It may be too soon to count out any of the smartphone players just yet, given how quickly new technologies develop. RIM recently said that it planned to improve its browser functionality and Microsoft (MSFT, Fortune 500) wowed spectators with its Windows Phone 7, which is set to be unveiled this fall.
But some say it's Android and iPhone OS, more than any other smartphone platform, that are making the greatest strides in the race to be market leader.
"Looking to the future, it is primarily between Google and Apple to shape the future of the mobile industry," said Jagdish Rebello, principal analyst of communication systems at iSuppli Corp. "When you look at what Google and Apple are doing with applications and creating an ecosystem ... others are just playing catch-up."
Google and Apple have taken very different approaches to the battle. Here's a look at how that bout is playing out:
Apps: Apple is winning the app war now, with about five times more apps than Google. But app developers have to get their products cleared by Apple's standards police (remember the 6,000 sexy apps that got purged last week?) before they can appear in the App store. That's a process that can take months.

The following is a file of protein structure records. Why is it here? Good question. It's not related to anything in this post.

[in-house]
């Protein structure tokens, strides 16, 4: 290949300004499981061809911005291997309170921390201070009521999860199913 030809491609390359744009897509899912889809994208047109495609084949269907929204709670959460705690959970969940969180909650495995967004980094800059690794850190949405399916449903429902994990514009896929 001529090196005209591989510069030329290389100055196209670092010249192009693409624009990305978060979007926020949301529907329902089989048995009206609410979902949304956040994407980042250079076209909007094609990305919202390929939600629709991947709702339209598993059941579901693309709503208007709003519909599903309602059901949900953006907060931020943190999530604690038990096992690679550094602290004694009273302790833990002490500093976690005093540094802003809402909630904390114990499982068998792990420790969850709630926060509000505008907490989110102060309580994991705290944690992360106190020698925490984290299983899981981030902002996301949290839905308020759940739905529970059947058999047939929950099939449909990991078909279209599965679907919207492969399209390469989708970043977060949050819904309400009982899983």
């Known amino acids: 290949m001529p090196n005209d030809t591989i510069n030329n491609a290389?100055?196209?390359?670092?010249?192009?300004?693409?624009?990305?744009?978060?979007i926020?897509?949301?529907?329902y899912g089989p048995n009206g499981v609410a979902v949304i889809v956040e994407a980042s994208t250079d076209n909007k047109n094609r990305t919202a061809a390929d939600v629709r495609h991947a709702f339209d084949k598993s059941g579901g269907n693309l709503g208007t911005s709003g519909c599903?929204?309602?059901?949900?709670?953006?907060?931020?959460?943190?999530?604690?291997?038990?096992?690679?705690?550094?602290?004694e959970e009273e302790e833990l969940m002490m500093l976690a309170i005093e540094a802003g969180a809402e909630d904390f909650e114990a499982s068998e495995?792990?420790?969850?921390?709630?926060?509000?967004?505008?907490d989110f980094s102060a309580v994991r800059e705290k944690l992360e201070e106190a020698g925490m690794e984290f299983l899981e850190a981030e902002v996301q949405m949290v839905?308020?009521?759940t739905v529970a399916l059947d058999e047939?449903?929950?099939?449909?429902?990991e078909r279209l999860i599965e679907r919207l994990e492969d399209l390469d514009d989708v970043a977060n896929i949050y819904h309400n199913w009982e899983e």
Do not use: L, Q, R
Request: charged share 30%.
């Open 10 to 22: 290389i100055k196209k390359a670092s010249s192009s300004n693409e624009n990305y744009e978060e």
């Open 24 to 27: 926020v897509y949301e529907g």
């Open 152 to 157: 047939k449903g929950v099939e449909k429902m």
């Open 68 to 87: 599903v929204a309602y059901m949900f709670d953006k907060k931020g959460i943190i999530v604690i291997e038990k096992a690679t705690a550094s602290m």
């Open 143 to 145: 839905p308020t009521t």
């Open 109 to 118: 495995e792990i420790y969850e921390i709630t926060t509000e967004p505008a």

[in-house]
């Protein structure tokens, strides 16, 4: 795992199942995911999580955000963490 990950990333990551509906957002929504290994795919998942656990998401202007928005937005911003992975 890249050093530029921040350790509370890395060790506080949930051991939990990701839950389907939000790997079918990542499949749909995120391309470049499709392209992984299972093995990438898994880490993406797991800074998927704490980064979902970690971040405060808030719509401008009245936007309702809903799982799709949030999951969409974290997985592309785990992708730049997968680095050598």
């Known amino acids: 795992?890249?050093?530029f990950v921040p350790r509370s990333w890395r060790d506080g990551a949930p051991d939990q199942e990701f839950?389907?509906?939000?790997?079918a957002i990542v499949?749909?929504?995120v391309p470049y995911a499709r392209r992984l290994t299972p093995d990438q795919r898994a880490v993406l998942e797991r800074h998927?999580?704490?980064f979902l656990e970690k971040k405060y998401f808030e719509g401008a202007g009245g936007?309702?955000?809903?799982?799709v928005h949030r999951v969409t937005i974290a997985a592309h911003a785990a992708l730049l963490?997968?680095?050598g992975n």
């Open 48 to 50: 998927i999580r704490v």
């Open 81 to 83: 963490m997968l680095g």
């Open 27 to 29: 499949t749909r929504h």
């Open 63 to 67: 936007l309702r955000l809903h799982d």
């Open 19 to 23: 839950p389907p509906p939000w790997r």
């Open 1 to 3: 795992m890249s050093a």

Google has taken the opposite approach, opening its platform to developers. IDC's Stofega says that developers are embracing Google's approach, and as Android adoption grows, more developers are writing Android apps. That could bring some of the higher-quality apps to Google's side. Google has a lot of ground to cover, but app war may just be beginning.
Devices and prices: IPhone OS runs on three devices: the iPhone 3G S, the iPhone 3G and the iPod Touch, with prices ranging from $99 to $299 with a new contract.
Android is currently available thorugh three carriers on on 10 smartphones in the U.S., with prices ranging between $79 to $199 with a new contract. It also runs on a number of other devices, including several netbooks and the Barnes & Noble Nook e-reader.
ISuppli's Rebello said Google's strategy of offering Android on more phones, with more carriers and varying price points was the same winning strategy for RIM's BlackBerry devices.
"Apple has a confrontational 'our way or the highway' strategy, but it's the Google model that's winning over carriers," he said.
Availability: The iPhone is available exclusively on AT&T (T, Fortune 500) in the United States, and there have been well-documented problems with how that partnership has negatively impacted many customers' experiences.
Google is carrier agnostic and, unlike Apple, allows wireless companies to take a cut in the app revenues. As a result, wireless companies are embracing Android. The only major U.S. carrier without an Android phone is currently AT&T, but the wireless company just announced it will begin to sell five Android phones by June.
"Google's strategy isn't about keeping one carrier happy but about enabling mobility, hardware and software to a variety of different tiers," said Stofega. "There are advantages to serving a number of different masters, and that's where Apple has some problems."